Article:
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BACKGROUND/AIMS Recent clinical observations reported the occurrence of amino acid substitutions at position 181 of the HBV polymerase, associated with a viral breakthrough under lamivudine or adefovir therapy. In this study, we characterized the main variants harboring the rtA181T/V mutation isolated from 10 consecutive patients who developed lamivudine(More)
BACKGROUND/AIMS Complex mutants may be selected under sequential anti-VHB pressures. We analyzed the genotypic and phenotypic evolution of the viral quasi-species of a patient who developed resistance to entecavir following lamivudine breakthrough. METHODS The polymerase gene was amplified, cloned and sequenced at different time points. Hepatoma cell(More)
BACKGROUND & AIMS Sequential anti-hepatitis B virus (HBV) therapy may lead to the selection of complex mutants. We analyzed the genetic and phenotypic evolution of the viral quasispecies of a patient who received successively lamivudine, add-on adefovir+lamivudine, followed by lamivudine+adefovir+hepatitis B immunoglobulins (HBIg) after orthotopic liver(More)
BACKGROUND & AIMS Because of the overlapping of polymerase and envelope genes in the hepatitis B virus (HBV) genome, nucleoside analog therapy can lead to the emergence of complex HBV variants that harbor mutations in both the reverse transcriptase and the envelope proteins. To understand the selection process of HBV variants during antiviral therapy, we(More)
A small open reading frame (ORF) in maedi-visna virus (MVV) and caprine arthritis encephalitis virus (CAEV) was initially named "tat" by analogy with a similarly placed ORF in the primate lentiviruses. The encoded "Tat" protein was ascribed the function of up regulation of the viral transcription from the long terminal repeat (LTR) promoter, but we have(More)
All lentiviruses contain an open reading frame located shortly upstream or inside of the env gene and encoding a small protein which has been designated Tat. This designation was mainly with respect to the positional analogy with the first exon of the trans-activator protein of the well studied human immunodeficiency virus type 1 (HIV-1). In this work we(More)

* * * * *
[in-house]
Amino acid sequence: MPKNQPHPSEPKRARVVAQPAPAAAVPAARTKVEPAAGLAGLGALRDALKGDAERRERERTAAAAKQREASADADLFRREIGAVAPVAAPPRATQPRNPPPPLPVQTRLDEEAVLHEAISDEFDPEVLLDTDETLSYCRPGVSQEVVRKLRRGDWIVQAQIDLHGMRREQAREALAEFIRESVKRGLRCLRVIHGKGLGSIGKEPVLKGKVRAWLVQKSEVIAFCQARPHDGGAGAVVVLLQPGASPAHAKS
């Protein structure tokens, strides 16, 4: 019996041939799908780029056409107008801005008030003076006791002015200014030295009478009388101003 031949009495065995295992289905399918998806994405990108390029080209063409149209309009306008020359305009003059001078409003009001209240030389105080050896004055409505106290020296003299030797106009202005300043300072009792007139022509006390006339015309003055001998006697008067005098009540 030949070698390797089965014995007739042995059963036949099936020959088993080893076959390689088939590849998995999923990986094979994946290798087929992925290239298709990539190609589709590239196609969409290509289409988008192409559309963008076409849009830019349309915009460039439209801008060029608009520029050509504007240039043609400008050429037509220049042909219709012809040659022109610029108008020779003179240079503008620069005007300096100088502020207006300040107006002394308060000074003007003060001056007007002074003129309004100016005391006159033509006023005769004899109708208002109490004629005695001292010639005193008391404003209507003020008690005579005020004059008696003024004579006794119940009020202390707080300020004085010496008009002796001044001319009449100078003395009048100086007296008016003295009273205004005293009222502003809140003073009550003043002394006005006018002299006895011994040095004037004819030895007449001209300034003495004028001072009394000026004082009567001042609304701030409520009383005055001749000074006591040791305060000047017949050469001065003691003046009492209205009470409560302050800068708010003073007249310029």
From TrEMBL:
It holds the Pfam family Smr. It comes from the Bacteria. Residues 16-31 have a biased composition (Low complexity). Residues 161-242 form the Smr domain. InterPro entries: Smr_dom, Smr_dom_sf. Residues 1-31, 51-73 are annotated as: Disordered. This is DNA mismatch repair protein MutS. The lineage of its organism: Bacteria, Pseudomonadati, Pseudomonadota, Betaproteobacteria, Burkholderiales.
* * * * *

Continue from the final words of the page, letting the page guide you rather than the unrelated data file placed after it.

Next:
Primate lentivirus (HIV and SIV) vpr accessory genes encode 12- to 14-kDa proteins which induce cell cycle arrest at the G2 phase of infected cells, preventing them from going through mitosis. Members of the HIV-2/SIVmac/SIVsmm group also encode a second closely related accessory protein called Vpx. Vpx and HIV Vpr are critical for virus replication in(More)
One of the major problems in gaining further insight into hepatitis B virus (HBV)/host-cell interactions is to improve the existing cellular models for the study of HBV replication. The first objective of this study was to improve the system based on transduction of HepG2 cells with a recombinant baculovirus to study HBV replication. A new HBV recombinant(More)
Frequent coinfection of hepatitis B virus genotype G with genotype A suggests that genotype G may require genotype A for replication or transmission. In this regard, genotype G is unique in having a 12-amino-acid extension in the core protein due to a 36-nucleotide insertion near the core gene translation initiation codon. The insertion alters base pairing(More)
The depletion of CD4+ T-lymphocytes central to the immunodeficiency in acquired immunodeficiency syndrome (AIDS) is largely mediated by apoptosis of both infected and uninfected cells, but the mechanisms involved and the viral proteins responsible are still poorly characterized. It has recently been suggested that, in human and simian immunodeficiency virus(More)